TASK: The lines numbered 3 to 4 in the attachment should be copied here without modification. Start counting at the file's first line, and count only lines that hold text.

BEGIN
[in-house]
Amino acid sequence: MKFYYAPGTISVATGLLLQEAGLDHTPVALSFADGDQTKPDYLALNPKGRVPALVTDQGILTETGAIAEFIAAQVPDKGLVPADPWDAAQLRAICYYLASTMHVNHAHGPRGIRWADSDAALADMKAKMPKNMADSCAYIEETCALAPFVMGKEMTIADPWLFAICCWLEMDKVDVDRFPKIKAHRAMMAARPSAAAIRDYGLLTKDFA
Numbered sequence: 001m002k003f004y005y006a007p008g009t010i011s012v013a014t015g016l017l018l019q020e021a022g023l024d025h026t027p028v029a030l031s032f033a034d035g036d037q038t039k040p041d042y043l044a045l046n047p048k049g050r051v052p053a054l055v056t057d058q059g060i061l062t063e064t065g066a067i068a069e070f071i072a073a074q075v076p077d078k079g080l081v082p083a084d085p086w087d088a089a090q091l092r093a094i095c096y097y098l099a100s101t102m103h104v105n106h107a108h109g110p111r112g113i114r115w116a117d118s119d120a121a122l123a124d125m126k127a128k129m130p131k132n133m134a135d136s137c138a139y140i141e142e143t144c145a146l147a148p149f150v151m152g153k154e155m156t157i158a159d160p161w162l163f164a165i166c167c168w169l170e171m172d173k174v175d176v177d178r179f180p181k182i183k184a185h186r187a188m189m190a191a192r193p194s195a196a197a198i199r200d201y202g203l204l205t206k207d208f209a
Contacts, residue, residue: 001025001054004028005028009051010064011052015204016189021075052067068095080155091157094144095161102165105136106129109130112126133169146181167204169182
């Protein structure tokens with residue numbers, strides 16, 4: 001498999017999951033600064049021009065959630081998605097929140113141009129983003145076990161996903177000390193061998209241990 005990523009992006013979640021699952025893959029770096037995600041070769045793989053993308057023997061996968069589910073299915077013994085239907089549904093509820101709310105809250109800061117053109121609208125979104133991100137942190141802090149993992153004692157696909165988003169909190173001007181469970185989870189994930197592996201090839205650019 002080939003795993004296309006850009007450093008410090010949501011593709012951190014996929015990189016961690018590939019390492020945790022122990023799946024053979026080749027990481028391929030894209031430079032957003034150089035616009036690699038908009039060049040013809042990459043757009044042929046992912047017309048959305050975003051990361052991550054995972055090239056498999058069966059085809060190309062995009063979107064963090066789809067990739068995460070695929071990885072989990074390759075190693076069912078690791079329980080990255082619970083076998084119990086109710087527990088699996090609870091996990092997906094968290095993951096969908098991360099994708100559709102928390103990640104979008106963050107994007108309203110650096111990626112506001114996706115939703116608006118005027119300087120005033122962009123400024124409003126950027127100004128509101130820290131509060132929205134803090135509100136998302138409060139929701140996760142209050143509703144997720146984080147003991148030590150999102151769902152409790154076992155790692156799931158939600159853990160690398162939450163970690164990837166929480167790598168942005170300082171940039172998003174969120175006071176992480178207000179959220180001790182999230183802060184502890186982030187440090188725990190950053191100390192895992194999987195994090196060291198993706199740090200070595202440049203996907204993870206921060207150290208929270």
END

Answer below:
Numbered sequence: 001m002k003f004y005y006a007p008g009t010i011s012v013a014t015g016l017l018l019q020e021a022g023l024d025h026t027p028v029a030l031s032f033a034d035g036d037q038t039k040p041d042y043l044a045l046n047p048k049g050r051v052p053a054l055v056t057d058q059g060i061l062t063e064t065g066a067i068a069e070f071i072a073a074q075v076p077d078k079g080l081v082p083a084d085p086w087d088a089a090q091l092r093a094i095c096y097y098l099a100s101t102m103h104v105n106h107a108h109g110p111r112g113i114r115w116a117d118s119d120a121a122l123a124d125m126k127a128k129m130p131k132n133m134a135d136s137c138a139y140i141e142e143t144c145a146l147a148p149f150v151m152g153k154e155m156t157i158a159d160p161w162l163f164a165i166c167c168w169l170e171m172d173k174v175d176v177d178r179f180p181k182i183k184a185h186r187a188m189m190a191a192r193p194s195a196a197a198i199r200d201y202g203l204l205t206k207d208f209a
Contacts, residue, residue: 001025001054004028005028009051010064011052015204016189021075052067068095080155091157094144095161102165105136106129109130112126133169146181167204169182